To prove that oversampling will lead to overfitting of the model. We apply the SMOTE algorithm to synthesize several types of images in the open training database of the Kaggle competition, and we trained and validated datasets at 80:20 training-to-validation set ratio; then, we fine-tuned a pretrained AlexNet [23, 24] convolutional neural network (CNN) to classify these datasets. The final trained network achieved 96.2% accuracy for the trained and validated set and the confusion matrix in Fig. 1 (left). It indicates that nearly all DR classifications achieved more than 90% accuracy. Classifications of 0 (no DR) and 3 (severe DR) achieved 98% accuracy. However, when this training model classified untrained images (53,576), its accuracy was only 71.6% and the confusion matrix of this scenario is presented in Fig. 1 (right). For categories other than 0 (no DR), the accuracy rate was only 5.9–31.0%. This huge gap between trained model and test set show the result of overfitting from oversampling.

Fig. 1
figure 1

The confusion matrix on the training set (left) and test set (right) of the EyePACS data set using the pre-trained AlexNet model with DR category

This study used the classic method of preventing overfitting by dividing the data sets into three groups (i.e., training, validation, and test sets) and used a two-stage training approach to mitigate overfitting caused by SMOTE. Subsequently, we provide a complete description of the DR databases and experimental data used to validate our proposed method.


Data, hardware, and software

We used six public datasets for model training and testing. The EyePACS [25] dataset was applied with pre-trained NASNet-Large [26] to tune the hyper-parameters. The DIARETDB0 [27], DIARETDB1 [28], eOphtha [29], MESSIDOR [30], DRIVE [31], were used to evaluate the model’s performance.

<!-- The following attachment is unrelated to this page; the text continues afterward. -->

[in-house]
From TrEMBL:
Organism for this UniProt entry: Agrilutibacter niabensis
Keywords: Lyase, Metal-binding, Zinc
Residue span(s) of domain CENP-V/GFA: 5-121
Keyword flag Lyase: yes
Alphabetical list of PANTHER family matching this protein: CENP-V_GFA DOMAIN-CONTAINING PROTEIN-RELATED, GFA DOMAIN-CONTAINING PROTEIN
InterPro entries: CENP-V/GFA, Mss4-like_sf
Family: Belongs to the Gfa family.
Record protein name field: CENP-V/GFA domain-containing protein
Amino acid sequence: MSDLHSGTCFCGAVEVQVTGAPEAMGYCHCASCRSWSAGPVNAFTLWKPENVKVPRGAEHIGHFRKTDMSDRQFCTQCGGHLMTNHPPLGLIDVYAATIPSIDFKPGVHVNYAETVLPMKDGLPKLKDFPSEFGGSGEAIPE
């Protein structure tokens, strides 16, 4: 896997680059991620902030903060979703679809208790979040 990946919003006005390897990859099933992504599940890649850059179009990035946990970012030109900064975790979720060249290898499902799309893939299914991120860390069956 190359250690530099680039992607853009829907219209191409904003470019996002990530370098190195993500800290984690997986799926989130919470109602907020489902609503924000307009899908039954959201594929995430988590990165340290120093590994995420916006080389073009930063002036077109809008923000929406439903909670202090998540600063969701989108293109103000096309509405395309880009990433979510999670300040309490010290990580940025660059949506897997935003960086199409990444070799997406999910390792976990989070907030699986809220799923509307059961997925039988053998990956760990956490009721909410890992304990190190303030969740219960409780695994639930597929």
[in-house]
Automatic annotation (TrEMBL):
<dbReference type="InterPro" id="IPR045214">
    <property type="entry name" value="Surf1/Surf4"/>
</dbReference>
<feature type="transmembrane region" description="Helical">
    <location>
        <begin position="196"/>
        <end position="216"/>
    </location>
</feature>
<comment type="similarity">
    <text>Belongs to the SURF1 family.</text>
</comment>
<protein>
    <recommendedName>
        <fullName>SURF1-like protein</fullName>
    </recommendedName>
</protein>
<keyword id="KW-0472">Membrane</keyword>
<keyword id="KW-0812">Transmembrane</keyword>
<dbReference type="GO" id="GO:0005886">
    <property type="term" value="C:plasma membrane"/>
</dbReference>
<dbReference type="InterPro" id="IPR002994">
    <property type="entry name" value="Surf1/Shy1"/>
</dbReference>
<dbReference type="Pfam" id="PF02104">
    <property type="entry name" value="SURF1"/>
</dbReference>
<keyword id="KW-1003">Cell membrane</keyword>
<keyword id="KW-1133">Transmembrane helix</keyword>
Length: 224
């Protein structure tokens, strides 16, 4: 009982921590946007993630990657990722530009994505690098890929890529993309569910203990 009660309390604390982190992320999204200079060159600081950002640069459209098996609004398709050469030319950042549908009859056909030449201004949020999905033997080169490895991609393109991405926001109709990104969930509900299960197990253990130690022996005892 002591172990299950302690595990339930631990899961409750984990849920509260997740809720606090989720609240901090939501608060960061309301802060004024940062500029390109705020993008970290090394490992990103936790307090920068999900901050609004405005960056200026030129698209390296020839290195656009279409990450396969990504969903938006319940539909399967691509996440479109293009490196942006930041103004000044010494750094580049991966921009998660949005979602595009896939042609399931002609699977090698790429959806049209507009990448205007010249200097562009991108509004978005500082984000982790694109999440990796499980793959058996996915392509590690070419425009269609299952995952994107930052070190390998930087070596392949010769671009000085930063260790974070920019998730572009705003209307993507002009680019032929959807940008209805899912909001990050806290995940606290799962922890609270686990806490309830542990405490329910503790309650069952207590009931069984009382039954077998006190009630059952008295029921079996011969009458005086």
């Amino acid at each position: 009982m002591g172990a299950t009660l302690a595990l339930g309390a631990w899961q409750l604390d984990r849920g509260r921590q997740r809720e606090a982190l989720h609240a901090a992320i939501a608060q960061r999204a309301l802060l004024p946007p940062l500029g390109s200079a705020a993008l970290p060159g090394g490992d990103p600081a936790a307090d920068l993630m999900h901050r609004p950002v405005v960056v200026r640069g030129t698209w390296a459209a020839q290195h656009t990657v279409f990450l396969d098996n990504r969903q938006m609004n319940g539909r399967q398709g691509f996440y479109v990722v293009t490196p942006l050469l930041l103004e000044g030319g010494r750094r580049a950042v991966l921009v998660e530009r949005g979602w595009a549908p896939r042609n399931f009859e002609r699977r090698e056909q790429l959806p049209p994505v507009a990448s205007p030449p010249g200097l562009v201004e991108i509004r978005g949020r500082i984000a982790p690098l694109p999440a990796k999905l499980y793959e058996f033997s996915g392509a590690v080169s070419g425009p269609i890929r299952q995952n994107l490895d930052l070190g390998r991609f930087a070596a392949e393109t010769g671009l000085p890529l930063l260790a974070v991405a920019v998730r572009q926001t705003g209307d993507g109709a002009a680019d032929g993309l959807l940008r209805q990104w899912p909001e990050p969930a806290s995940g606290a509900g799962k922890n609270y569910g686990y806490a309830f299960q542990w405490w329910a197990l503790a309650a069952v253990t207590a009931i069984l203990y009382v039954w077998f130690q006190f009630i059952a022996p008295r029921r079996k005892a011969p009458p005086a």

EyePACS is a free platform that includes retinopathy images. A clinician rated DR in each image on a scale of 0–4, where 0 indicates no DR, 1 indicates mild DR, 2 indicates moderate DR, 3 indicates severe DR, and 4 indicates PDR. In our study, images with classifications of 0, 1, 2, 3, and 4 were represented by 65,343, 6205, 13,153, 2087, and 1914 training samples, respectively.

The DIARETDB0 data set consisted of fundus images. We tested their algorithms by using 130 image communities capture using a 50° field of view. Of these images, 110 presented signs of DR, and 20 were normal.

The DIARETDB1 database were captured using a 50° field of view. Of these images, 5 were normal and 84 presented signs of DR.

The eOphtha is a free database that provides color fundus images, of which 47 had exudates and 35 were normal.

The MESSIDOR (Methods to Evaluate Segmentation and Indexing Techniques in the field of Retinal Ophthalmology) data set includes 1251 digital color images of the posterior pole obtained using a Topcon TRC NW6 nonmydriatic retina camera with three color charge-coupled devices. Images were captured at resolutions of 1440 × 960, 2240 × 1488, or 2304 × 1536 pixels using an 8-bit color plane.

The DRIVE (Digital Retinal Images for Vessel Extraction) [31] data set was established to facilitate comparative research on blood vessel segmentation in retinal images. Retinal images were obtained from a Dutch DR screening program. The screening population consisted of 400 patients with diabetes aged 25–90 years. Of 40 randomly selected images, 33 did not present signs of DR, and 7 presented signs of early, mild DR.